Personal Inquiry Blog

Monday, September 20, 2004

Wondering...A more formal look at developing researchable questions

In the Wondering step of the 8W's, the student is finding the purpose of the inquiry through questioning and examining the topic area in terms of prior knowledge. By the time this step is completed, the student should be finding a focus and narrowing the topic.

I have become a real fan of Jamie McKenzie's website He says that "questions and questioning...are the tools that lead to insight and understanding." We need to learn to "live with entire families of questions, " according to McKenzie, and to realize that many questions don't get answered and only spawn more questions. This brings me to the character McKenzie calls "the serial questioner." This is a model to which I aspire. These are the qualities that McKenzie describes:

  • Humility
  • Relentless curiosity
  • Indefatigable persistence
  • Dogged determination
  • Open-mindedness
  • Tolerance of ambiguity
  • Thirst for the missing
  • Positive skepticism
  • Sharpened humor
  • Edgy wit
  • Vivid imagination
  • Cussedness
I want to keep these characteristics in mind as I work on this project. I want always to be a serial questioner in every aspect of my life.

This entire process for me is a little like juggling--I want to read and understand the professional literature and then assimilate it so that I can use it in my inquiry process. Like trying to keep two eyes on three moving objects in the air, you are always afraid something is going to slip out of your line of vision and fall down. And like so many things in my life, I'm sort of going at this backwards. I've been teaching for years and taking care of the library for six years and now I'm taking education and library science classes. I like having the experiences to call upon, and I can really understand the practical applications of many things I'm learning in theory. Wow, that was really parenthetical.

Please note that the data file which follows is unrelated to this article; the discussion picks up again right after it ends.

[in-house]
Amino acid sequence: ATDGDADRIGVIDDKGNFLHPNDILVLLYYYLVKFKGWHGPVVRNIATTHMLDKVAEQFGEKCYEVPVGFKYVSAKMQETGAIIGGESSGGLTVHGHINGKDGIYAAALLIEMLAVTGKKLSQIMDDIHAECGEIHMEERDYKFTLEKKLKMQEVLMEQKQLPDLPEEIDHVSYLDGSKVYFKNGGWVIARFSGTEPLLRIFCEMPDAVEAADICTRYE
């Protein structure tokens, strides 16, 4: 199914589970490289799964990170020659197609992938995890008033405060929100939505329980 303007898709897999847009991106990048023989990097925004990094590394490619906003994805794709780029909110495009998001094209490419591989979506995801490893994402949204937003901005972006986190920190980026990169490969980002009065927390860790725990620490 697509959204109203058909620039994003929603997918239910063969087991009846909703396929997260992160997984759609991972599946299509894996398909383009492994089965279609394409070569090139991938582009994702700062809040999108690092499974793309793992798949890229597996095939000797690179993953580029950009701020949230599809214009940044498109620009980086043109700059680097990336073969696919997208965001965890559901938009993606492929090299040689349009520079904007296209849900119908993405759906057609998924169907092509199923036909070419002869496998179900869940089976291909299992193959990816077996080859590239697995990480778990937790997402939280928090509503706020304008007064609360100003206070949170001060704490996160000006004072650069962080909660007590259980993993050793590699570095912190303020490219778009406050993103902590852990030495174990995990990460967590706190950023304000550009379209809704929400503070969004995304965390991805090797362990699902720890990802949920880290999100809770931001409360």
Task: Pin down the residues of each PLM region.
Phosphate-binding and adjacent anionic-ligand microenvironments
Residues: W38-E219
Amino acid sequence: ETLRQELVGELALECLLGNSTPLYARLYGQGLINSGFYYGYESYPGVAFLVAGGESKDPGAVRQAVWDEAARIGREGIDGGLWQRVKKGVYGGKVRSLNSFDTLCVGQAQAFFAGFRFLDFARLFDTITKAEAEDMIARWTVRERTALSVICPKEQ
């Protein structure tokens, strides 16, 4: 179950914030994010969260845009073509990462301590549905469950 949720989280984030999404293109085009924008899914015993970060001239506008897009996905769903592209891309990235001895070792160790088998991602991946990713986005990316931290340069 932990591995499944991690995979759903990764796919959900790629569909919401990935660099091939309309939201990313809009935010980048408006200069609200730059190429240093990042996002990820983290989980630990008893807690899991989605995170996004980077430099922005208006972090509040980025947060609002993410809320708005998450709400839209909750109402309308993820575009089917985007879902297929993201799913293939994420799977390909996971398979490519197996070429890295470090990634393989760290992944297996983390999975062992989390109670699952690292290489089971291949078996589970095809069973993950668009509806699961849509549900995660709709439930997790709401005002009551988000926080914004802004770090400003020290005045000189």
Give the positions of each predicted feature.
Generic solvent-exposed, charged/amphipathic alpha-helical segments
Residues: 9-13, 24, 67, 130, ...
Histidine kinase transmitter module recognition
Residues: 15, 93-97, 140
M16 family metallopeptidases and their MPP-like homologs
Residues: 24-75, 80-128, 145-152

So...why owls? I have always loved birds, watching them, feeding them. When the Harry Potter films came out, I was struck by the dichotomy of their beauty and their role as raptors in nature. Why do they symbolize wisdom in nearly every culture in which they are found? Why did J.K. Rowling conceive of them as messengers? Why did parents think a raptor would make a good pet for their children?!!

In terms of prior knowledge, I must confess to not knowing much about owls. I was aware of the plight of the spotted owl in the old growth forests of the Northwest and that owls were good for gardens so many people put out owl boxes to provide nesting opportunities for them. What other owls were being threatened by pollution or eradication of their habitats? What, if anything, was being done to help save these habitats? What could I do personally to help these causes?

While I started out like every middle school kid putting "owls" in Google, I found several interesting sites in the first 20 hits. One of them was the Raptor Center at the University of Minnesota. From this site, I learned about rehabilitation of injured owls. (How do owls become injured? Who takes care of them? Can they be sucessfully returned to the wild?) I also read about programs to breed owls whose numbers are dwindling and reintroduce them into the wild. I used and searched "owl rehabilitation". (I love the little tree and branch connections among the sites!) From this search, I was able to find O.W.L. (Orphaned Wildlife Rehabilitation Society) in Canada. After an email contact, I sent a list of questions to them:

What are some of the reasons that you receive owls for rehabilitation?
Once the owl is healthy, is it returned to the wild? If not, why?
Are there laws against keeping owls as pets?
Do you have any reintroduction programs similar to ones in the US that are attempting to reestablish burrowing owls in Minnesota?
What kind of owls do you see the most?

I also found out that there was a wildlife rehabilitator about 12 miles from my house. I emailed her and have been receiving replies regularly. Most of her posts have spawned additional questions.

Once again following McKenzie's lead, I am narrowing my focus using How?, Why?, and What is the best? and I've come up with these questions:

How can owls be kept safe and healthy? How can their habitats be preserved? Why can't we reintroduce endangered owl species to areas that are protected? What is the best way for the average person to observe and appreciate owls?

Still tinkering but I think I'm down to a "manageable chunk" as Dr. Lamb puts it.


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